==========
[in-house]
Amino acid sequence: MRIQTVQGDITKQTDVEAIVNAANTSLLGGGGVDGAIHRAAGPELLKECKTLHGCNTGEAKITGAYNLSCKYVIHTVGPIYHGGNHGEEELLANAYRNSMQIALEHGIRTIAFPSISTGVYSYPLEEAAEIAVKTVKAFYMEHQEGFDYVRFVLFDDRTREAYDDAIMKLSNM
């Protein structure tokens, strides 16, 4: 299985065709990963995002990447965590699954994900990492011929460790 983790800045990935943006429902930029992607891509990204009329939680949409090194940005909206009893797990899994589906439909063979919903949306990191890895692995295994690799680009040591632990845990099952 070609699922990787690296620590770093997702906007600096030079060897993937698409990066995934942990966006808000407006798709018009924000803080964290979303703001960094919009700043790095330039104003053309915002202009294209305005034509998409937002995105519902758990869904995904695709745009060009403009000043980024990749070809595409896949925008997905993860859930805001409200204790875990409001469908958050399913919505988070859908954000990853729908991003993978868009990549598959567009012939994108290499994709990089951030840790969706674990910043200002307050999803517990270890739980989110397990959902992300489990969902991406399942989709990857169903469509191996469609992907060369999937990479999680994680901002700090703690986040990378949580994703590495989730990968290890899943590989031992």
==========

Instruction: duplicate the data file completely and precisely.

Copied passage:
[in-house]
Amino acid sequence: MRIQTVQGDITKQTDVEAIVNAANTSLLGGGGVDGAIHRAAGPELLKECKTLHGCNTGEAKITGAYNLSCKYVIHTVGPIYHGGNHGEEELLANAYRNSMQIALEHGIRTIAFPSISTGVYSYPLEEAAEIAVKTVKAFYMEHQEGFDYVRFVLFDDRTREAYDDAIMKLSNM
């Protein structure tokens, strides 16, 4: 299985065709990963995002990447965590699954994900990492011929460790 983790800045990935943006429902930029992607891509990204009329939680949409090194940005909206009893797990899994589906439909063979919903949306990191890895692995295994690799680009040591632990845990099952 070609699922990787690296620590770093997702906007600096030079060897993937698409990066995934942990966006808000407006798709018009924000803080964290979303703001960094919009700043790095330039104003053309915002202009294209305005034509998409937002995105519902758990869904995904695709745009060009403009000043980024990749070809595409896949925008997905993860859930805001409200204790875990409001469908958050399913919505988070859908954000990853729908991003993978868009990549598959567009012939994108290499994709990089951030840790969706674990910043200002307050999803517990270890739980989110397990959902992300489990969902991406399942989709990857169903469509191996469609992907060369999937990479999680994680901002700090703690986040990378949580994703590495989730990968290890899943590989031992």